Happy birthday, Joan! Joan of Arc was important to the suffrage movement, here and in England, and possibly other places in the world. Just type in “suffrage movement” and “Joan of Arc” and you’ll see what I mean. In England, Joan was openly acknowledged as the patron saint of the suffrage movement. In the HBO film, “Iron Jawed Angels,” the above clip features Inez Milholland on a horse evoking the commitment and leadership of Joan of Arc.

Inez Milholland on her horse leading U.S. suffrage parades evoked Joan of Arc more than any other single individual who took on the role. Inez was a familiar figure in suffrage parades (see image left, below) on her horse. The association was, in part drama and beauty, plus a heavy dose of symbolism to evoke strength and courage from the parade participants.

Check out the video trailer from “Iron Jawed Angels,” the HBO film about the suffrage movement.

“Iron Jawed Angels” is primarily about Alice Paul and only briefly highlights Inez Milholland. Nonetheless, the film grows in value with the passage of time.

If you’re planning afternoon tea and choosing an occasion worthy of friends and family arriving for the occasion, Joan of Arc’s birthday is perfect –especially if your activism project is in need of a resource of strength and resolve.

More information about Inez Milholland: Link

For curriculum materials relative to the use of “Iron Jawed Angels” in the classroom, check out “Teach with Movies.”

Suffrage Wagon News Channel has posting updates twice a week, as well as updates four times a year with the SWNC quarterly newsletter.

Women who didn’t want to vote: New video and upcoming book

MKmusings 

Ninety-nine years ago in the first week of January, a hardy band of marchers under the direction of suffragist Rosalie Jones started out from from New York City on a march headed to Albany, NY to ask NYS Governor Martin Glynn to appoint poll watchers in the 1915 suffrage referendum. My grandparents Edna and Wilmer Kearns, plus their young daughter Serena, were part of the first contingent.

I’ve written about this before, and this is the time of the year to bring it up again because marching anywhere the first week of January doesn’t get me excited. In fact, it only reinforces my determination to curl up under a down quilt and read next to a nice open fire, even if it’s gas fired. This is exactly what I did today when I decided to catch up on some of the background associated with the 1:12 minute feature video I made for the web site, “Women Who Didn’t Want to Vote.”

I was fascinated with the prospect of my grandparents being part of a group appealing to the governor where Governor Glynn himself supported women’s suffrage, but his wife didn’t. The governor met with Rosalie Jones and a delegation of the marchers who made it during the long freezing ordeal on foot, but he was non committal about responding to their request.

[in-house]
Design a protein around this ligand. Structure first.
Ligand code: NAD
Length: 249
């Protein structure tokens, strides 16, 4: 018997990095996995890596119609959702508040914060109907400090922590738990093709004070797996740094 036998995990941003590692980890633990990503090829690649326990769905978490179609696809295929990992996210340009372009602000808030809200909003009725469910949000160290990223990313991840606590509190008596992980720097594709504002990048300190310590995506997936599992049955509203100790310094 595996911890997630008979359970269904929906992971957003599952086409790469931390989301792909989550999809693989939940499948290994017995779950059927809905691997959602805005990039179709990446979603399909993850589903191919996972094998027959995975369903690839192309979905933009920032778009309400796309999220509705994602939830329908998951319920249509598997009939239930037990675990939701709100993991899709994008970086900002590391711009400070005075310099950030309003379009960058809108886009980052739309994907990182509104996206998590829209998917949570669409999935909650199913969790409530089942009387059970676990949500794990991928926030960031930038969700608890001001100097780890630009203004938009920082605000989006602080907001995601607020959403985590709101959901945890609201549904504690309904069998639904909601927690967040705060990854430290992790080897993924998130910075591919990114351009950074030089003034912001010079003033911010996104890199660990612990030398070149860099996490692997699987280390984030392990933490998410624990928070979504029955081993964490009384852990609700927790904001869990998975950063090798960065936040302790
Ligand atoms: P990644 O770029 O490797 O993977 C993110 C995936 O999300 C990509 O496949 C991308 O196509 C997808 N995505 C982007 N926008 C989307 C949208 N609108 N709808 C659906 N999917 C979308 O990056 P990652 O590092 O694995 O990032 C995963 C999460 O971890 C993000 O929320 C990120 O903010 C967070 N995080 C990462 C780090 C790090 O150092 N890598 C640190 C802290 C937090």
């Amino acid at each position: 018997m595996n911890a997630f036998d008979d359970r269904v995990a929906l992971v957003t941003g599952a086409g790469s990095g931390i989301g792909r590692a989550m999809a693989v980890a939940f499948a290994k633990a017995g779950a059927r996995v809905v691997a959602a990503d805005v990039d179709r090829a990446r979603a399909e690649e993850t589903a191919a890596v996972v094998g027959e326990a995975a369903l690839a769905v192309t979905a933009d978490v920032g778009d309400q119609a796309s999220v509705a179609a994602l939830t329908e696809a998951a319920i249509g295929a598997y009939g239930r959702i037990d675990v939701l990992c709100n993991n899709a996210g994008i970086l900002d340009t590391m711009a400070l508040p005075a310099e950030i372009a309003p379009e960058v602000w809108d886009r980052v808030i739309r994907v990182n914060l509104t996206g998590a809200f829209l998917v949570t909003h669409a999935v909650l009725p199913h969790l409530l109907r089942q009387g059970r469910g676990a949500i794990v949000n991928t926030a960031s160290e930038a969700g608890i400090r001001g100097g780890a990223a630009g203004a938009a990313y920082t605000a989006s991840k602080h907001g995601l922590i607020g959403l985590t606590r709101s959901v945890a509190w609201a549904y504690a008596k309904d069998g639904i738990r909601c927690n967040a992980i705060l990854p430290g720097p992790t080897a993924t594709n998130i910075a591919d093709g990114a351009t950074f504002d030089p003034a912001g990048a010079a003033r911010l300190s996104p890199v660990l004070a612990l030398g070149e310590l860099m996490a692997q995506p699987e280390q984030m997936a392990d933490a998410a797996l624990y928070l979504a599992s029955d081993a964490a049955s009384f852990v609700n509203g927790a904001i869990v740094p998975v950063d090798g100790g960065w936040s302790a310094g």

I wanted to find out the real story, so I tracked down the only source of background information I could find, Governor Martin H. Glynn: Forgotten Hero by Dominick C. Lizzi, a former Town of Valatie historian. I had ordered it from the author last September and today finally got around to reading it.

It’s an extraordinary story that involves NYS, national, and international politics. The book refers to Governor Glynn’s support of votes for women and his progressive policies. Plus, there’s considerable discussion of his wife Mary Glynn and her popularity in the Albany social scene.

I stumbled on Mrs. Glynn’s name in a Women’s Anti-Suffrage Association pamphlet printed and distributed by the Third Judicial District of NYS in Albany, NY. where Mrs. Glynn’s listed as a vice president. Dominick C. Lizzi confirmed that –yes, indeed– it was Martin Glynn’s wife Mary. This fascinated me, and that’s how I came to spend the the day reading Lizzi’s book.

The details of story of the governor and his wife are too much to address here, and I’ll be finding out and sharing more, especially as a major book on the NYS anti-suffrage movement, No Votes for Women: The New York State Anti-Suffrage Movement by Susan Goodier, becomes available in March 2013 from the University of Illinois Press.

Stay tuned! Watch the video and order the book. One has been reserved for me in March, Women’s History Month. Subscribe to Suffrage Wagon News Channel.